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Care Instructions

BUTTON-DOWNS & SPREAD COLLAR

When necessary, we recommend taking your shirt to the dry cleaners for a crisp look. You can also machine wash your shirt using normal cycle on cold with regular laundry detergent. Lay flat or line dry. Don't use drying machine.

TEES, UNDERWEAR, & SOCKS

Gentle cycle on cold with regular laundry detergent. Lay flat or line dry. Don't use drying machine.

100% MERINO TEES & POLOS

Hand wash cold. Lay flat or line dry. Don't use drying machine.

Size Guide

Neck

Measure around the middle of your neck, leaving the tape loose.

Waist

Measure around your natural waist, keeping the tape a bit loose.

Chest

Measure under your arms around the fullest part of your chest

Arm length

Measure from the back of your neck across the top of your shoulder to your elbow, and down to your wrist

Size Extra SmallXS
Neck 13.5-14"
Chest 32-34"
Waist 26-28"
Arm Length 31-32"
Size SmallS
Neck 14-14.5"
Chest 35-37"
Waist 29-31"
Arm Length 32-33"
Size MediumM
Neck 15-15.5"
Chest 38-40"
Waist 32-34"
Arm Length 33-34"
Size LargeL
Neck 16-16.5"
Chest 41-43"
Waist 35-37"
Arm Length 34-35"
Size Extra LargeXL
Neck 17-17.5"
Chest 44-46"
Waist 38-40"
Arm Length 35-36"

Need more size information? Click here for shirt measurements and here for a note about our fits.

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Chris Tanner

Born and raised in Atlanta, Chris now spends his time traveling the world while getting his Ph.D in Computer Science and Natural Language Processing. We found time in Chris's busy schedule to catch up and get his thoughts on tech, travel, and of course his favorite Wool&Prince shirts.

Photography by Chris Tanner and Chris's friends @chriswtanner

Let’s say you meet someone new in a hotel lobby. How would you describe yourself to a total stranger in just a paragraph?

I was raised in a suburb of Atlanta, but I’ve lived all over the USA. I worked for a research lab before darting back to school, where I’m now doing the Ph.D thing at Brown (Computer Science, Natural Language Processing). I’m a photographer on the side who enjoys travelling and stepping out of my comfort zone as much as possible. Some would say I’m an Olympic-level parallel-parker as well as a legendarily awful baker.

You’ve managed to travel extensively while both studying and working. Any tips for those who look longingly at living a similar lifestyle?

If you’re fortunate enough to be able to work remotely from a laptop, you’re golden. Otherwise, use all of your vacation days wisely. Don’t waste a vacation day on the transit there; travel on weekends, holidays, or consider adding personal plans onto business trips (saves money and time, too). If possible, try to shape your work-schedule by chunking work into fewer days, then take extended weekend trips. While in between jobs or school semesters is the prime time to take long trips. And you don't have to spend a ton of money either, there are many opportunities while travelling to teach English or work at hostels/hotels. Aim to pack light, see and do as much as possible, and leave no trace.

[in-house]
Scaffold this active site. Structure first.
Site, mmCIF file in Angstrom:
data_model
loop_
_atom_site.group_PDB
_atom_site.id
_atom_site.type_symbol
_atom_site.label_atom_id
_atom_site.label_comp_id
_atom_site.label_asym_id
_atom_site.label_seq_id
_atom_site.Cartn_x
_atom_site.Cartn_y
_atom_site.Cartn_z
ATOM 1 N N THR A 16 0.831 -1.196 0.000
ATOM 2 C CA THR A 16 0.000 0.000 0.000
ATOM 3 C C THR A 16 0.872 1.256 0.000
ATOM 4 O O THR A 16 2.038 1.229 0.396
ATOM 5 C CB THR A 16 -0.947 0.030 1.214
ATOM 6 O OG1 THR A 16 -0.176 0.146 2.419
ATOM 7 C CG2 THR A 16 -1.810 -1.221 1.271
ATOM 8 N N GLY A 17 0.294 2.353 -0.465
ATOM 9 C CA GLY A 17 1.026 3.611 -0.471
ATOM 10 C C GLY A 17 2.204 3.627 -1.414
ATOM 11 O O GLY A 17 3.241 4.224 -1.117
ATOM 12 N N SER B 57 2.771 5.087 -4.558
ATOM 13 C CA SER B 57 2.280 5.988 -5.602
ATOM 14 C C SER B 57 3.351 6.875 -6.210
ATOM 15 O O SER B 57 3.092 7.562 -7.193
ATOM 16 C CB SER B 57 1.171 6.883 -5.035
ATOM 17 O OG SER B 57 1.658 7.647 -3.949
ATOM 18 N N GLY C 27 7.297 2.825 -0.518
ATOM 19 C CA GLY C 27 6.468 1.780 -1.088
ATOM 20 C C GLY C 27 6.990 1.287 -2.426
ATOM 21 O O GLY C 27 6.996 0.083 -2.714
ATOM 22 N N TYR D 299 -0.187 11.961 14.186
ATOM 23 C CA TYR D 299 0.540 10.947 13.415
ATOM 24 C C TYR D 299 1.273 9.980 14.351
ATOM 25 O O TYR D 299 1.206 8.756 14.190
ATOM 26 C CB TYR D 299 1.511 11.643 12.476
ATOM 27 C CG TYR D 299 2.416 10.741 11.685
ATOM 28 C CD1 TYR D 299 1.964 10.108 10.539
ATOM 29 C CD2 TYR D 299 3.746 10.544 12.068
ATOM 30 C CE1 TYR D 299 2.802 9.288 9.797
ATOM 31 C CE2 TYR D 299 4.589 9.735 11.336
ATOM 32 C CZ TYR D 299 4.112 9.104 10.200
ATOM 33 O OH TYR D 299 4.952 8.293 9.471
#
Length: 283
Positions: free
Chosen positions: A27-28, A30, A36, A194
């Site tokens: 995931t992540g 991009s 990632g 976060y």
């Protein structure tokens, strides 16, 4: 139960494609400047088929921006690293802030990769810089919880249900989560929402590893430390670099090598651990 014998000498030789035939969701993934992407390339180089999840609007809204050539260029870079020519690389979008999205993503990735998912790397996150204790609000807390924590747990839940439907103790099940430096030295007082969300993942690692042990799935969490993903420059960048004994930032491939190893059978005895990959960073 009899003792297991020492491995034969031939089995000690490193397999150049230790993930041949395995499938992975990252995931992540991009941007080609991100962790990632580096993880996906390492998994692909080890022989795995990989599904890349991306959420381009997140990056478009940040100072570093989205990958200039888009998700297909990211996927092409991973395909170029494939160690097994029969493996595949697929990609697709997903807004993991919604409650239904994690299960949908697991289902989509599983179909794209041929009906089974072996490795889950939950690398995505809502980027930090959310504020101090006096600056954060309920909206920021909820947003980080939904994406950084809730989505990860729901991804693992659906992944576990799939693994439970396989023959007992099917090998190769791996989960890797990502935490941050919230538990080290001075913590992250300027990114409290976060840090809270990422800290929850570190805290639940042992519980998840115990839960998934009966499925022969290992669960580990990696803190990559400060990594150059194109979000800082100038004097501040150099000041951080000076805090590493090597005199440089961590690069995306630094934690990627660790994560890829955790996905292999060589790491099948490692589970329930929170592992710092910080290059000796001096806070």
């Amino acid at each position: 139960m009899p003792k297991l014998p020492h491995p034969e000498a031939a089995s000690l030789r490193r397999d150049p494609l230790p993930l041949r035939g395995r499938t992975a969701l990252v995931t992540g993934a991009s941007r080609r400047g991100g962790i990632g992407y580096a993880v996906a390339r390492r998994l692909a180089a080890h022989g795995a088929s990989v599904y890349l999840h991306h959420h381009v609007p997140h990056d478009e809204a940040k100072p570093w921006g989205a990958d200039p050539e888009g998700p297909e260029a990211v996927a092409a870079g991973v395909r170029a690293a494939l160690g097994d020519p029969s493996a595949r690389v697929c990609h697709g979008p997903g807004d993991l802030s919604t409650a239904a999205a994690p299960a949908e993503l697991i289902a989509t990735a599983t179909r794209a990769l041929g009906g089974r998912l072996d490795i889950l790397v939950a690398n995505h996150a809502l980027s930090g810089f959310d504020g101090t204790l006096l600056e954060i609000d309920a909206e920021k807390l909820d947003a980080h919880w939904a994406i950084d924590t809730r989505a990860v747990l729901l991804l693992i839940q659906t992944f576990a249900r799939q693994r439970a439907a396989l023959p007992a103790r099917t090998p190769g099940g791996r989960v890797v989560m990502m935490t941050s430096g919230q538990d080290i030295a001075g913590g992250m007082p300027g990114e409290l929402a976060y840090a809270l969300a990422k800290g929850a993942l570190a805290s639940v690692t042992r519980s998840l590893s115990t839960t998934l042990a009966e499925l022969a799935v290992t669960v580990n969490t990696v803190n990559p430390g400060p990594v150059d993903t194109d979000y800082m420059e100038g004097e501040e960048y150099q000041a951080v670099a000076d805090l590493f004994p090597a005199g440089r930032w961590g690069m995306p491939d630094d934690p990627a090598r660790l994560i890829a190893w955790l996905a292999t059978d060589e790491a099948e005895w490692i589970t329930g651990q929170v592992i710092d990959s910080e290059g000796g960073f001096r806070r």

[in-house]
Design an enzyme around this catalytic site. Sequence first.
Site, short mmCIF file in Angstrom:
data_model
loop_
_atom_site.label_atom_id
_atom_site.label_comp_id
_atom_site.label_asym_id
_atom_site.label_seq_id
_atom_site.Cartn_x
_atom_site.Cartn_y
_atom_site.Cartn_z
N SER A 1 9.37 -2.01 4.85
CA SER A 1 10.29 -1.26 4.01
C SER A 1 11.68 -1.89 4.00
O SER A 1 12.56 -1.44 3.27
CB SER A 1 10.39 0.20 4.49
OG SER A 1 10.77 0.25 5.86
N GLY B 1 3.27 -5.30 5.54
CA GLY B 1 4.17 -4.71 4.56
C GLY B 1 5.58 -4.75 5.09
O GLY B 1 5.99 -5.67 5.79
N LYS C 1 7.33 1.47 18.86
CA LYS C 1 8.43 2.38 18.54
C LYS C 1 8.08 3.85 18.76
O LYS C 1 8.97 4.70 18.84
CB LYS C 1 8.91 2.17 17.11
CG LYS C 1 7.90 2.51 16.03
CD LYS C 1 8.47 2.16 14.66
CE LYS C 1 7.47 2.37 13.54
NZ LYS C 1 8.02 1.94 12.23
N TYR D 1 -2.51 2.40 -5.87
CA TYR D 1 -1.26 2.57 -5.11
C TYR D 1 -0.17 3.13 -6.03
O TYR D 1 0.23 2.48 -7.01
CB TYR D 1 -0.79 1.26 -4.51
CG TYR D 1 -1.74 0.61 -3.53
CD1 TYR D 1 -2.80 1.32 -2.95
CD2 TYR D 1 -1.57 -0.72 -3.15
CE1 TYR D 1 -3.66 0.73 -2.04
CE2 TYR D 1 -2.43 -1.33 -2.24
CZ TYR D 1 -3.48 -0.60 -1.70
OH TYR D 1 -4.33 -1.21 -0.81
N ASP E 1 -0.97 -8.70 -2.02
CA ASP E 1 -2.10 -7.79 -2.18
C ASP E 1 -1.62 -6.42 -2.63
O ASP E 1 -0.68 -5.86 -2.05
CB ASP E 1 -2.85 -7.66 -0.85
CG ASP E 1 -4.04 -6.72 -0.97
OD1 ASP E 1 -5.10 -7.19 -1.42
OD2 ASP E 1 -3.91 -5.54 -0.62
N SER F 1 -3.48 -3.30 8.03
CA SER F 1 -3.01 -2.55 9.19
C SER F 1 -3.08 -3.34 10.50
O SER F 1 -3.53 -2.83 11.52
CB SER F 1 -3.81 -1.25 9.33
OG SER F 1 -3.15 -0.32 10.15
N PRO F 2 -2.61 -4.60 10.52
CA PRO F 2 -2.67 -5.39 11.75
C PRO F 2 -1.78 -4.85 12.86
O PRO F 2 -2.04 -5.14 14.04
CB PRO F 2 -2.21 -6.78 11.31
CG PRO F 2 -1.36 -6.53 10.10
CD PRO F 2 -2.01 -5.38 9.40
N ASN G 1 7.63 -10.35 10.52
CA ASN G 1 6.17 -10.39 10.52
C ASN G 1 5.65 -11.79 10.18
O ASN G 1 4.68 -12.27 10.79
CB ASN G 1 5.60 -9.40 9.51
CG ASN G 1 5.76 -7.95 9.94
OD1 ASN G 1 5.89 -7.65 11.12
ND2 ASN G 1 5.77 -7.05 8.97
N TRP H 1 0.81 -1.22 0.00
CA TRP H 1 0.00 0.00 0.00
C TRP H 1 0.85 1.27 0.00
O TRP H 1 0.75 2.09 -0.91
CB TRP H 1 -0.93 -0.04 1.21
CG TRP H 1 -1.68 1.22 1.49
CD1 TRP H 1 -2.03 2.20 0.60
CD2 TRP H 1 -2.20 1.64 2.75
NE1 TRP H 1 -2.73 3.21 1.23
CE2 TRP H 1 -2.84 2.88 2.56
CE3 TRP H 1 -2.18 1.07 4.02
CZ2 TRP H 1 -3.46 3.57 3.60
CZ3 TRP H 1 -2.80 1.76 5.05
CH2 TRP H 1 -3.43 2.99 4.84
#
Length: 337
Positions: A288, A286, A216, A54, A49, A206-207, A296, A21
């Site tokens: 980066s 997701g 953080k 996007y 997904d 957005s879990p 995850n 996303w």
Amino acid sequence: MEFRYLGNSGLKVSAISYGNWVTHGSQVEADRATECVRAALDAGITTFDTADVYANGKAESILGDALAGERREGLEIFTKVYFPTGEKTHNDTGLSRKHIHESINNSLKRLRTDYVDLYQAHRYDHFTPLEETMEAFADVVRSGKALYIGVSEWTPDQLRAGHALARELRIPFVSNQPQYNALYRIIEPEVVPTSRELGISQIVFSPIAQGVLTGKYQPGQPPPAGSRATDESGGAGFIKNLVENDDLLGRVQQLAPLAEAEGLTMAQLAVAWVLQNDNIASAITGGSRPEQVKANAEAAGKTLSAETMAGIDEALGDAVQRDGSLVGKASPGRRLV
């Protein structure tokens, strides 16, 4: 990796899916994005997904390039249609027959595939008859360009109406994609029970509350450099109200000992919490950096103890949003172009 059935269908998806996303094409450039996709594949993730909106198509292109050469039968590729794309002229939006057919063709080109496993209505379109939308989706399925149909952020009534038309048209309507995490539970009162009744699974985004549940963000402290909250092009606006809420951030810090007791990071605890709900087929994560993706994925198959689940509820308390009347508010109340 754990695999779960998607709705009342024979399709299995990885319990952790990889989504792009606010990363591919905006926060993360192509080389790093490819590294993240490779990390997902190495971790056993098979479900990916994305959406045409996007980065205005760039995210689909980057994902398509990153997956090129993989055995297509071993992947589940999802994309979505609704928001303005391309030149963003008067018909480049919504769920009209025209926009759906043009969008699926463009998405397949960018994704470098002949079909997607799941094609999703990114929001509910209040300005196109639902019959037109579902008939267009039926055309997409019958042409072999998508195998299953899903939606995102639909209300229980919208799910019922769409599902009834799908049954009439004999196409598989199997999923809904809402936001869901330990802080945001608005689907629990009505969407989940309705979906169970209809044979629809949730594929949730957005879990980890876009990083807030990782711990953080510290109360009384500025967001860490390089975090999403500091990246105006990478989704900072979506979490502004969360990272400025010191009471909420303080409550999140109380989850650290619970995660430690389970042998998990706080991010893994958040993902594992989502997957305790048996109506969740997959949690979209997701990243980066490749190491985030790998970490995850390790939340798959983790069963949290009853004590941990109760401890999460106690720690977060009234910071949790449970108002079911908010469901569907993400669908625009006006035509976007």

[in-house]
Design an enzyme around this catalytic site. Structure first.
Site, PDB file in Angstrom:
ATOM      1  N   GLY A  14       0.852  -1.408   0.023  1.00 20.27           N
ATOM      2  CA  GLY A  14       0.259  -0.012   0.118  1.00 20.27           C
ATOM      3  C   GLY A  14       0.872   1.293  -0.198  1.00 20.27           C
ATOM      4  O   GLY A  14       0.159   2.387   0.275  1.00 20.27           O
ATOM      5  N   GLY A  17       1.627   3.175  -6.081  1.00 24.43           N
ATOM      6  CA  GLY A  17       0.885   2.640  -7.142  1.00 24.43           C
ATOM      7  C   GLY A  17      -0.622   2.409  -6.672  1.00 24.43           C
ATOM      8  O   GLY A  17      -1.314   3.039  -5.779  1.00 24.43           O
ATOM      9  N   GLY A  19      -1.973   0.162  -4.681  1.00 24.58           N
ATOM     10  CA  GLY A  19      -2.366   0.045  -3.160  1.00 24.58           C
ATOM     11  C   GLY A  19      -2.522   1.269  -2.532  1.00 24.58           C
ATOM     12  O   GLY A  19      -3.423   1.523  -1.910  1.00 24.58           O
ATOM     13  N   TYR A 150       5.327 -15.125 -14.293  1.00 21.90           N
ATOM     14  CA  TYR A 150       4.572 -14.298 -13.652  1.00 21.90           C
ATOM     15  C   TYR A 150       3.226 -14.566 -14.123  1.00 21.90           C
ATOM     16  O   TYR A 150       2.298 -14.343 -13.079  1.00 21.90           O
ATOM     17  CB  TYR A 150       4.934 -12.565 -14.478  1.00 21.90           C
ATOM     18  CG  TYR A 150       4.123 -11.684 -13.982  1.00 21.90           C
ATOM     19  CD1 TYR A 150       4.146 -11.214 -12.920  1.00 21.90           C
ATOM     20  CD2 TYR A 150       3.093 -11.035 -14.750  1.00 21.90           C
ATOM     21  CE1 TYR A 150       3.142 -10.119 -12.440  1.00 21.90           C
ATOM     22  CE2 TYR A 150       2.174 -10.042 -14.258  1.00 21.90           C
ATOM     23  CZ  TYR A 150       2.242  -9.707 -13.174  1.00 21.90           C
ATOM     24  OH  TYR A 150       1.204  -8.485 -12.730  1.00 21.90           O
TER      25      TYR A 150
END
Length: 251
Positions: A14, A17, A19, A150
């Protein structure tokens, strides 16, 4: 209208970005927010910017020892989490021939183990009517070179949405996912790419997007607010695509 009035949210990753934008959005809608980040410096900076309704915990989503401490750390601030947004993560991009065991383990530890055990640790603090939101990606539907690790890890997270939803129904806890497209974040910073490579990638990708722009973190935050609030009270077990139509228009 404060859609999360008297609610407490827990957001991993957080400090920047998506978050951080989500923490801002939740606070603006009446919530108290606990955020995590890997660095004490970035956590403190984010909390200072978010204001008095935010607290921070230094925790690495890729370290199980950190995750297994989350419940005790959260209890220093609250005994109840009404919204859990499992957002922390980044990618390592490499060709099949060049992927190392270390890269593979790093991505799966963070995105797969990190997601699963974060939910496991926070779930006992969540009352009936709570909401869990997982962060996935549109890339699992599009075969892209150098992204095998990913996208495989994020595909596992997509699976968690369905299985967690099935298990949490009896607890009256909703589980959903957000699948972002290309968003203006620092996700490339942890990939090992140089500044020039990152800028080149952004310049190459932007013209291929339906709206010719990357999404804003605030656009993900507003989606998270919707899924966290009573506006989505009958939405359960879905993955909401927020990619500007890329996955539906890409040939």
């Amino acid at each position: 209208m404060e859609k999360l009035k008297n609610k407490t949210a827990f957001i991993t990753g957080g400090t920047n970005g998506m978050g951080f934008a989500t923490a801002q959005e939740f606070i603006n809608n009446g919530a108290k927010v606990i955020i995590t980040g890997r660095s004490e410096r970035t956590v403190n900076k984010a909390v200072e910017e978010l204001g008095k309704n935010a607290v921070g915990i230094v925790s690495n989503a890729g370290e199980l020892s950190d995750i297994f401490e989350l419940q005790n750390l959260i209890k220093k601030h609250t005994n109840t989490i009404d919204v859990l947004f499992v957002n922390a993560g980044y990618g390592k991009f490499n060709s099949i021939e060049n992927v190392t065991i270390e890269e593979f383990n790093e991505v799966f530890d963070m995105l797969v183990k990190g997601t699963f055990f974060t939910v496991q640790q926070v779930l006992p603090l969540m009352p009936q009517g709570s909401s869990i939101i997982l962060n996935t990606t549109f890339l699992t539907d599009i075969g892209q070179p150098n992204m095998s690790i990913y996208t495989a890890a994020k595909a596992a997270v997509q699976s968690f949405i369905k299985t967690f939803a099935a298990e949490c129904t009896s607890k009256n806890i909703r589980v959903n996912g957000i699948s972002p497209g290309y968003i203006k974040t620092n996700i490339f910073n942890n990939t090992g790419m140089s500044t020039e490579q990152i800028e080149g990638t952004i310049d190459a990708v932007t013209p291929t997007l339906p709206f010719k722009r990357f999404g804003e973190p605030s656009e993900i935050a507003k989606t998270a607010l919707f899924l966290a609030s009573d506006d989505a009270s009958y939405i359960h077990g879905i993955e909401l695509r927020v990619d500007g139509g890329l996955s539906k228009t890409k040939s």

You’re a big proponent of only packing what you need. What kind of gear gets you through a typical weeklong journey?

It’s all about the right fabrics. Some fashionable, durable nylon pants from Outlier, a pair of merino wool shirts and underwear, add my camera and lenses, and I’m a happy camper for a long time. If I’m going home to Georgia, then I’ll throw my baseball glove in the bag.

You’re on track to get a Ph.D in Computer Science. Will software, robots, and autonomous overlords really rule the future?

My latest models predict a 62% chance of robots winning the arms race. (I kid.) A.I. will never be as good as humans, in an overall and robust sense; sure, on select tasks (e.g., face recognition, autonomous driving, translating languages) computers can rival or outperform humans, but these specific problems have received immense research for decades. The jobs most likely to be automated are the ones found at the lower-paid, lower-skilled end of the spectrum, including driving-based jobs. In late-2016, under the Obama Administration, The White House wrote a great paper summarizing this topic.